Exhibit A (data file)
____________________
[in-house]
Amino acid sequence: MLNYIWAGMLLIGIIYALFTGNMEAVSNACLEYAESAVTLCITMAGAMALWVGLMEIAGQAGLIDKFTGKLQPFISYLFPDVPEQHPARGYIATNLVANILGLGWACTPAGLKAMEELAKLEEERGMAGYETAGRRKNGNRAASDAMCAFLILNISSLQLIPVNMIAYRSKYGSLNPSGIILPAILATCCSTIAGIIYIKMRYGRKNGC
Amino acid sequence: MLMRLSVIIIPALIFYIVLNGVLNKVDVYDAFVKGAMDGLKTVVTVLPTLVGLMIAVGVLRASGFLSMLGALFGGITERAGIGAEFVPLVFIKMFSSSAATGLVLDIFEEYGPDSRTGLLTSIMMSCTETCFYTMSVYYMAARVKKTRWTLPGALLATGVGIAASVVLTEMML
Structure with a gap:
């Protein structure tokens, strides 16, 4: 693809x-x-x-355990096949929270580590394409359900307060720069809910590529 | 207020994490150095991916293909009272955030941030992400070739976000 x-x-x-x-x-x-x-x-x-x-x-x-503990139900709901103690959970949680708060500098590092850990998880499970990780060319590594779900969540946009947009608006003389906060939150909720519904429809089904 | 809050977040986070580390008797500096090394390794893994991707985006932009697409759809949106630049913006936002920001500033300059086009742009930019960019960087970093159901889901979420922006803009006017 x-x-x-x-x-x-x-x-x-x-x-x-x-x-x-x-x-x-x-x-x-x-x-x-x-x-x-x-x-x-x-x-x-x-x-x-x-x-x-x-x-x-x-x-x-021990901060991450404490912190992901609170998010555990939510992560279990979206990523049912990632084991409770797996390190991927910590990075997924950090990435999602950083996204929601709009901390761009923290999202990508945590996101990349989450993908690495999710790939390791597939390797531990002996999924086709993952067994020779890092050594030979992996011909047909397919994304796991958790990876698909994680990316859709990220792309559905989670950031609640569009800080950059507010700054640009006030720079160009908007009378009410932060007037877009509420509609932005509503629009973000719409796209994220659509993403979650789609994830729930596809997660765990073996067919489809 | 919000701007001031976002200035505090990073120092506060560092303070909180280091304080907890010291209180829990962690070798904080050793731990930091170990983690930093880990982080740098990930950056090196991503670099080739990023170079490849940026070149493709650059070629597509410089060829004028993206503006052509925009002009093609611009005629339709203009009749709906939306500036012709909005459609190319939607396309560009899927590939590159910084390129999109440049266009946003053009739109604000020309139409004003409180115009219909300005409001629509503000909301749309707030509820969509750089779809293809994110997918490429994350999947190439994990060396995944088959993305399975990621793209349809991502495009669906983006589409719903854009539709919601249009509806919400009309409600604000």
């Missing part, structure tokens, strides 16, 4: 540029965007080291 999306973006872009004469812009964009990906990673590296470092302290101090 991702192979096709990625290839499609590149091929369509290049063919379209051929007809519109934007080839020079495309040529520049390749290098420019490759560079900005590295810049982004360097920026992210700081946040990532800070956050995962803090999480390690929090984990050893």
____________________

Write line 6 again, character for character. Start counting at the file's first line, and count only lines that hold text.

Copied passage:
């Missing part, structure tokens, strides 16, 4: 540029965007080291 999306973006872009004469812009964009990906990673590296470092302290101090 991702192979096709990625290839499609590149091929369509290049063919379209051929007809519109934007080839020079495309040529520049390749290098420019490759560079900005590295810049982004360097920026992210700081946040990532800070956050995962803090999480390690929090984990050893």